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Spurs on precipice after losing Kawhi Leonard

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NBCSports.com’s Dan Feldman is grading every team’s offseason based on where the team stands now relative to its position entering the offseason. A ‘C’ means a team is in similar standing, with notches up or down from there.

Magic Johnson won NBA Finals MVP in his age-22 season, and the Lakers contended for championships for the next decade.

Tim Duncan won NBA Finals MVP in his age-22 season, and the Spurs contended for championships for the next decade and a half.

Kawhi Leonard won NBA Finals MVP in his age-22 season, and… only four years later, San Antonio is just trying to sneak into the playoffs with an old roster.

Leonard did his part, until last season at least. He grew into a perennial MVP candidate, the NBA’s best defender and an elite offensive player.

But that all came crashing down over the last year. Leonard got hurt, and a distrust between him and San Antonio grew. It’d be difficult to determine how much blame to assign each side even if we knew everything, and we certainly don’t know everything.

What’s clear: The Spurs are bearing the brunt of the breakdown.

Their trade of Leonard to the Raptors – for DeMar DeRozan, Jakob Poeltl and a top-20 first-rounder – was a devastating sell-low. That probably wasn’t the Spurs’ best offer in a vacuum, but they were reportedly limited by their own parameters – preferring to send Leonard to the East and valuing immediate contributors.

That’s the effect of a 69-year-old coach running the front office.

Gregg Popovich is an all-time great coach, and if he wants to avoid rebuilding until retirement, he has more than earned the right. Embracing youth and accepting losing probably doesn’t appeal to him at this point.

Popovich has proven masterful at getting players to understand their responsibilities and executing them, and that’s why his teams have been so consistently good in the regular season. He’ll need another supreme coaching performance to get this squad into the playoffs in a loaded Western Conference.

The most common oversimplification of the summer is that the Spurs are basically just adding DeRozan to a team that won 47 games last season because Leonard barely played anyway. San Antonio also lost important cogs Kyle Anderson (signed unmatched offer sheet with Grizzlies), Danny Green (traded to Toronto) and Manu Ginobili (retired). Tony Parker left for the Hornets, too.

At least San Antonio got Popovich a few players familiar with his system, re-signing Rudy Gay (one year, $10,087,200), Davis Bertans (two years, $14 million) and Bryn Forbes (two years, $6 million) and signing former Spur Marco Belinelli (two years, $12 million). None of those players came cheap.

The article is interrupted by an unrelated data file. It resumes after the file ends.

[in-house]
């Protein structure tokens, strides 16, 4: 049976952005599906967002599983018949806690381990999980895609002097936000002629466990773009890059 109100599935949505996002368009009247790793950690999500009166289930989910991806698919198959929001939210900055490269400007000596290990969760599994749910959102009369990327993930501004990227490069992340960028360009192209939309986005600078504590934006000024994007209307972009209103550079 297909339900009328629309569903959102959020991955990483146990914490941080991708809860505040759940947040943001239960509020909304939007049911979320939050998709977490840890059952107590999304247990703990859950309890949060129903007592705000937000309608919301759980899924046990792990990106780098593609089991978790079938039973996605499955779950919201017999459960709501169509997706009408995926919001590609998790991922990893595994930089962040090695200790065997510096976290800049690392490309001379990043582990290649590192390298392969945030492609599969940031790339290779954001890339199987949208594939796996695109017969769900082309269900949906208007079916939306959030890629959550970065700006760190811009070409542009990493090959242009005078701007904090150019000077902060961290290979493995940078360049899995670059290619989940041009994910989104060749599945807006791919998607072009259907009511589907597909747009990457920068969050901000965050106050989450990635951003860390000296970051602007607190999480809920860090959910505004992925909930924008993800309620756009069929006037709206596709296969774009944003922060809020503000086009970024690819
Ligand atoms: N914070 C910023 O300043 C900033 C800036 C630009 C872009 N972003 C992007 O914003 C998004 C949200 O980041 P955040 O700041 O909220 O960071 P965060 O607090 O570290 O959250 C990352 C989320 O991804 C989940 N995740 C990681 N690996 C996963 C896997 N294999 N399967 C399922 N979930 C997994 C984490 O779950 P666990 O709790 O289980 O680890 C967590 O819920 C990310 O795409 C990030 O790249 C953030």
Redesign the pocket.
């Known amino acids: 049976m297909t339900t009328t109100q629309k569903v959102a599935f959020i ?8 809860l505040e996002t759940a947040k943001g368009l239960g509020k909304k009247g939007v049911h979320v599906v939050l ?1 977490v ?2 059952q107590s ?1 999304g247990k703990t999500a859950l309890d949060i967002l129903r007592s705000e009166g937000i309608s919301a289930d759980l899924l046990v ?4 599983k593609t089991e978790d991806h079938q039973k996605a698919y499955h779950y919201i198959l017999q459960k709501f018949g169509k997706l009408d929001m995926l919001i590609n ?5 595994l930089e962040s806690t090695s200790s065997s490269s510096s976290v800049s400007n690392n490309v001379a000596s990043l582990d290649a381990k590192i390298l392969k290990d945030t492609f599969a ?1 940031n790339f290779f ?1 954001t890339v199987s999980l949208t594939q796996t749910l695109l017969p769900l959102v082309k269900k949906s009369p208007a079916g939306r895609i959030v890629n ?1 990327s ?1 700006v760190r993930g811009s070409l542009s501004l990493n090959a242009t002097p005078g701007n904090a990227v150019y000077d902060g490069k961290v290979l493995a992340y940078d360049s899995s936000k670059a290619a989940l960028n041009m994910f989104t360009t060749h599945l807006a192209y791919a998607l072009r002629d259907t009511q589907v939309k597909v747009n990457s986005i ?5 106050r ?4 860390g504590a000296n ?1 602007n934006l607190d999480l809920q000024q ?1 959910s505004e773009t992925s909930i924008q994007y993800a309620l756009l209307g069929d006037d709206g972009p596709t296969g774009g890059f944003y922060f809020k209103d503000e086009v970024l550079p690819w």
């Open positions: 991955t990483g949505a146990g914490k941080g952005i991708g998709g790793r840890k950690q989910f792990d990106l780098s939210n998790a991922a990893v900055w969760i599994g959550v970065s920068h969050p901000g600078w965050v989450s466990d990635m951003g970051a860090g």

Newly signed veterans Dante Cunningham and Quincy Pondexter could help, too.

The Spurs aren’t completely punting the future. They drafted Lonnie Walker No. 18 and Chimezie Metu No. 49. Belinelli’s and Forbes’ salaries decline in the their second seasons. Bertans’ is flat.

Teams run into trouble when they prioritize the present regardless of greater circumstance, and the Spurs did that to some degree. But they also have Popovich and LaMarcus Aldridge, both of whom will make it easier for San Antonio to win next season. Popovich doesn’t need much, and Aldridge’s interior style can prop up lesser supporting casts.

That said, I’m still not sure the Spurs have enough.

They’ve been headed for trouble for a while, as their relationship with Leonard deteriorated. That didn’t all happen this offseason, though that’s when the dam broke.

Offseason grade: D-

Report: Spurs signing Dante Cunningham

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The Spurs were running low on small forwards. Kawhi Leonard remains in limbo, and San Antonio let Kyle Anderson leave for the Grizzlies.

Enter Dante Cunningham.

Adrian Wojnarowski of ESPN:

This is probably a minimum contract. The Spurs still have whatever of the mid-level exception they didn’t give Marco Belinelli or the bi-annual exception. But that’s not way more than the minimum ($2,176,260) for Cunningham, who has nine years experience – and probably couldn’t command more, anyway.

Unlike Rudy Gay, Belinelli, Davis Bertans and Bryn Forbes, Cunningham is San Antonio’s first free-agent signing this summer who didn’t previously play for the team. He’s a combo forward who will likely be needed more at small forward. He can handle larger small forwards, and Belinelli can play the three against smaller opposing small forwards in a platoon.

Cunningham is a solid defender in the right matchup, and he holds his own as a 3-point shooter. The Spurs should use him well.

Of course, the Spurs must first determine what to do about Leonard before fitting in more pliable pieces like Cunningham.

Report: Spurs re-signing Davis Bertans (for two years, $14.5 million) and Bryn Forbes

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The Spurs declined to match Kyle Anderson‘s four-year, $37 million offer sheet from the Grizzlies.